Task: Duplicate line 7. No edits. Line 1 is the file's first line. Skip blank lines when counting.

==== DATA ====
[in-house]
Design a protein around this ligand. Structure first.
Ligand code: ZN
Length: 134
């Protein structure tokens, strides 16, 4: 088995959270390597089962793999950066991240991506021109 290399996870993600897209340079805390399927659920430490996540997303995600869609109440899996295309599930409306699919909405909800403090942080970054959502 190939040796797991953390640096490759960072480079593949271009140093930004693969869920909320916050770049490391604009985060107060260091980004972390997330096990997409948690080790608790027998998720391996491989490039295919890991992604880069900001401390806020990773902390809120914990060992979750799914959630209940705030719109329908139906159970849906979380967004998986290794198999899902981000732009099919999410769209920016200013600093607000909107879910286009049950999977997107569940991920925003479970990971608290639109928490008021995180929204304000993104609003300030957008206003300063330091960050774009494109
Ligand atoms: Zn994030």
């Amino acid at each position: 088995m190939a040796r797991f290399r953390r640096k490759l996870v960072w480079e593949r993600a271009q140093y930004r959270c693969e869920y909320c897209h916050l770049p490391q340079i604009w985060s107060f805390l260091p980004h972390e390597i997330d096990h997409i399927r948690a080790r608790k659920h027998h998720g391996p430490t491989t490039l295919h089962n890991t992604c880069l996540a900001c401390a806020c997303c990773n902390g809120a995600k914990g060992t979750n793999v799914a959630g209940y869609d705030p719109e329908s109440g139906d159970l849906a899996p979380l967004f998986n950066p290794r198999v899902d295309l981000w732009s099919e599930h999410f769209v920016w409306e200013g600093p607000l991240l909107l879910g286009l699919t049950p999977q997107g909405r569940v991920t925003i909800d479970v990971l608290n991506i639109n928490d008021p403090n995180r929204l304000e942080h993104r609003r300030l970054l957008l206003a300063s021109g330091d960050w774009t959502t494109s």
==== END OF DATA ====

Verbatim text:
């Amino acid at each position: 088995m190939a040796r797991f290399r953390r640096k490759l996870v960072w480079e593949r993600a271009q140093y930004r959270c693969e869920y909320c897209h916050l770049p490391q340079i604009w985060s107060f805390l260091p980004h972390e390597i997330d096990h997409i399927r948690a080790r608790k659920h027998h998720g391996p430490t491989t490039l295919h089962n890991t992604c880069l996540a900001c401390a806020c997303c990773n902390g809120a995600k914990g060992t979750n793999v799914a959630g209940y869609d705030p719109e329908s109440g139906d159970l849906a899996p979380l967004f998986n950066p290794r198999v899902d295309l981000w732009s099919e599930h999410f769209v920016w409306e200013g600093p607000l991240l909107l879910g286009l699919t049950p999977q997107g909405r569940v991920t925003i909800d479970v990971l608290n991506i639109n928490d008021p403090n995180r929204l304000e942080h993104r609003r300030l970054l957008l206003a300063s021109g330091d960050w774009t959502t494109s």